When I arrived it was raining it's ass off so I decided to head for the Matsumoto Museum of Art, which was jolly nice, and had a bit of a walk around the city center. Stayed the first night at another big-chain business hotel (overly polite people in the lobby, pay-per-view porn on the telly, view of a brick wall), next day headed to Matsumoto's main attraction, the castle (400 years old and one of four castles countrywide that survived ransacking and reconstruction over the years to become declared a national treasure).

Matsumoto castle is pretty fantastic and is apparently quite architecturally unique (it has 5 stories and an outer-keep-thing) and the city is justifiably proud of it, as it's a national treasure and all. I went through the tour of the inside of the castle but am afraid to say that I didn't make it quite as far as the 5th floor (there was a queue!).

Then it was on to...


Sports fans out there will probably recognize Nagano as the city that hosted the 1998 Winter Olympics. Now, if you mention the words "Winter Olympics" to many Brits my age, it will inevitably bring to mind the horror that was Eddie "The Eagle" Edwards making a complete and utter tit of himself in Calgary in 1988, and subsequently becoming famous for being a complete and utter tit.

Nonetheless, off I went.

The first day was spent being overcome at how jolly nice Nagano city is, finding my Ryokan (traditional Japanese lodging, remember?) and looking around the nearby, well-known temple Zenkouji. A volunteer group who give free tours in English noticed my white guy status and immediately offered me a tour of the temple. Sounded good to me, so off we took.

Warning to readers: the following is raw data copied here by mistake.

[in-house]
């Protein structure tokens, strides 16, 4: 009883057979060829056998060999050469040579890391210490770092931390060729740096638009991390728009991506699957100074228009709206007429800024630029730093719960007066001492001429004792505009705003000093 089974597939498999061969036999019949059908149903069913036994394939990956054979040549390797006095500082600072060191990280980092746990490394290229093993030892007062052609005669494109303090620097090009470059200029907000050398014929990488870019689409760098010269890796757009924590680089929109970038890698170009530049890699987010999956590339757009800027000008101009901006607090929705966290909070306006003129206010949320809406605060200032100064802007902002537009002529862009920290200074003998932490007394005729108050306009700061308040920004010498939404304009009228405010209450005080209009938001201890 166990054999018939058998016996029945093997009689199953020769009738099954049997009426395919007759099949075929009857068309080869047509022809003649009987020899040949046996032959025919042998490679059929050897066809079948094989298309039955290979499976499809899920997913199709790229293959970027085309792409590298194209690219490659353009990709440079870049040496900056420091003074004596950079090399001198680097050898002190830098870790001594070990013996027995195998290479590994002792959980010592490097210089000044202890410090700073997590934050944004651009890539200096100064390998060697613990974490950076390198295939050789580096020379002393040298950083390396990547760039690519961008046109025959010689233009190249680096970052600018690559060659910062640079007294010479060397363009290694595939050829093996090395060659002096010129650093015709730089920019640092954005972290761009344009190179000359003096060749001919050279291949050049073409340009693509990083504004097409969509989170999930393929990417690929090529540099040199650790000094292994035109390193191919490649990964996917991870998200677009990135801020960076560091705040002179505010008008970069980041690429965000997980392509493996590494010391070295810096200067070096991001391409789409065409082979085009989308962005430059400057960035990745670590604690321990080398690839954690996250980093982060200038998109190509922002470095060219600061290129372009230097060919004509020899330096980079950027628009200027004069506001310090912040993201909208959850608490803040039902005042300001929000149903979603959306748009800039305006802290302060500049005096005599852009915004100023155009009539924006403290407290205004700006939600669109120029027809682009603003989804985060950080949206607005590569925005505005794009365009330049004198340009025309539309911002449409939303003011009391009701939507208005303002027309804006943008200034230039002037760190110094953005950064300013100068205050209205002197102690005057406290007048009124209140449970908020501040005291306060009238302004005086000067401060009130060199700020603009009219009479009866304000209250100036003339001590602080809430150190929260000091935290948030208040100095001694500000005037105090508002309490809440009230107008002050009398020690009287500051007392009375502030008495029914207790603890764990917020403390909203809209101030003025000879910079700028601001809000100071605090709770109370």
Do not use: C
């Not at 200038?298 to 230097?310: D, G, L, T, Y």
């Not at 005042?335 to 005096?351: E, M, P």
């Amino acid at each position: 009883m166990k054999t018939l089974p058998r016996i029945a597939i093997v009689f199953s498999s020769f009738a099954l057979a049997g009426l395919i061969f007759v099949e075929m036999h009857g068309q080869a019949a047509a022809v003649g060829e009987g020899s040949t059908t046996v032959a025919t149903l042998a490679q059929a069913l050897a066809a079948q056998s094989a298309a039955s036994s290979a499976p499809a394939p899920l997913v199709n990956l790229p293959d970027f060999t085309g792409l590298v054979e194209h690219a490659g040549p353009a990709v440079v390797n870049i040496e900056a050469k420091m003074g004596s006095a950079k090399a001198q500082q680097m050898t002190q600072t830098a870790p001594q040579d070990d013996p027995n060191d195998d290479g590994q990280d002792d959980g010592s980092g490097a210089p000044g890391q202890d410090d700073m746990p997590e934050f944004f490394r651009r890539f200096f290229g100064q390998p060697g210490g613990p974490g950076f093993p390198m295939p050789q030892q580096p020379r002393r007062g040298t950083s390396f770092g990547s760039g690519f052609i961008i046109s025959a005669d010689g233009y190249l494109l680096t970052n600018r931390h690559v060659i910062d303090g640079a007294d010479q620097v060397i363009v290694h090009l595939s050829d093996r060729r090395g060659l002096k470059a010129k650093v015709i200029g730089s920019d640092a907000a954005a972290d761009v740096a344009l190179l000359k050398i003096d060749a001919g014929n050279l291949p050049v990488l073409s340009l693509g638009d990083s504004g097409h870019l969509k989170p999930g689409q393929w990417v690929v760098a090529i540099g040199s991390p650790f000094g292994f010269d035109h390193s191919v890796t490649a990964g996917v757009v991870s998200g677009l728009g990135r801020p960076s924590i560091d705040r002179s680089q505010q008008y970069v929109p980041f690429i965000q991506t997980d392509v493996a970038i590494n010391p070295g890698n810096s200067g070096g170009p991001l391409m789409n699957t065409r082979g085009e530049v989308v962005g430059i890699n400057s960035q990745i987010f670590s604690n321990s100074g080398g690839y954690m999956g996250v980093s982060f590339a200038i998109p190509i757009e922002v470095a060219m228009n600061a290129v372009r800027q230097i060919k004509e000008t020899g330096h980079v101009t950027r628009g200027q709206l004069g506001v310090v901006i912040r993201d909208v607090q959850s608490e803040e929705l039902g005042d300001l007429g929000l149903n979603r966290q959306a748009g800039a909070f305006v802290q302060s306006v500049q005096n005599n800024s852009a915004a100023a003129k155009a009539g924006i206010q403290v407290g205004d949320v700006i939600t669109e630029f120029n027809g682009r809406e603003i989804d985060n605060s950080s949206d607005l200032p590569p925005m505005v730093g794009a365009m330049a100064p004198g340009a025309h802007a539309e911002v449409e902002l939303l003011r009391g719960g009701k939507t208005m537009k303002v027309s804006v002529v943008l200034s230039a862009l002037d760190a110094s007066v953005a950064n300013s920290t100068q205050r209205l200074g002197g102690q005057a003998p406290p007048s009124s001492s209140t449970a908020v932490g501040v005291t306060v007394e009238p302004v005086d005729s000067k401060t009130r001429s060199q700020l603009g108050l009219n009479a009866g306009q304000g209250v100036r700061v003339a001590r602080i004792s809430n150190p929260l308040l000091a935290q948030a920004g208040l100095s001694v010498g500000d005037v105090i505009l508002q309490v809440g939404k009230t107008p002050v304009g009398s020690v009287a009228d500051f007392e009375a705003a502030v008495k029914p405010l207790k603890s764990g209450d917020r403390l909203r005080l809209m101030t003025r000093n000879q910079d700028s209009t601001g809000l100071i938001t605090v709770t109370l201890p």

Numerous events on this day and the next caused me to notice, or at least imagine, how un-used Nagano was to foreigners in general, and especially those who could speak some semblance of Japanese. Maybe it comes from living for so long in a small town with a big freaking Japanese language school in it which has Japanese-capable gaijin bursting from the rafters. But still, this place hosted the Winter freaking Olympics! As I look back, it seemed to me to get worse the further north I went. But you will forgive your intrepid journalist's somewhat overactive imagination, I'm sure.

On day 2 in Nagano (after a lie-in!) I took an hour-long bus ride up into the mountains to visit the isolated town of Togakushi. Which is a fairly amazing unspoilt piece of traditional Japanese wilderness. It has amazing scenery, remote temples with ancient history (when I say remote...Okusha temple has an 1800m path lined with amazingly beautiful cedar trees...frankly the path leading to the temple is a lot more impressive than the temple itself), and, best of all, a former ninja school-cum-ninja museum. Oh my god it was freaking cool. I mean, come on here people! Real-life ninjas!!! Do you realize how cool ninjas are to the average western suburban twenty-something? So, needless to say, visiting a remote, mountainous ninja
academy was, well, jolly nice.

And they had a ninja house!!!! And the souvenir shop sold replica shuriken and katana!!!! And they had photos of dudes doing ninja stuff!!!! Honestly!!!!

And I walked from the ninja museum to a nearby shrine called Chuusha...and I stopped at a souvenir shop there...and the guy who ran it was a real-life ninja master!! And I totally chatted with him!!!!! (putting the adolescent enthusiasm on hold here...I'm honestly not kidding. He gave me his business card, he runs a local martial arts school called Genshinkan, and his name is Kazuho Matsuhashi, if I'm reading it correctly).

Anyway, complete photos of my trip are here, should you want to see them:
http://photozou.jp/photo/list/154073/415373 (I would like to point out by means of a disclaimer that my camera sucks major-league ass)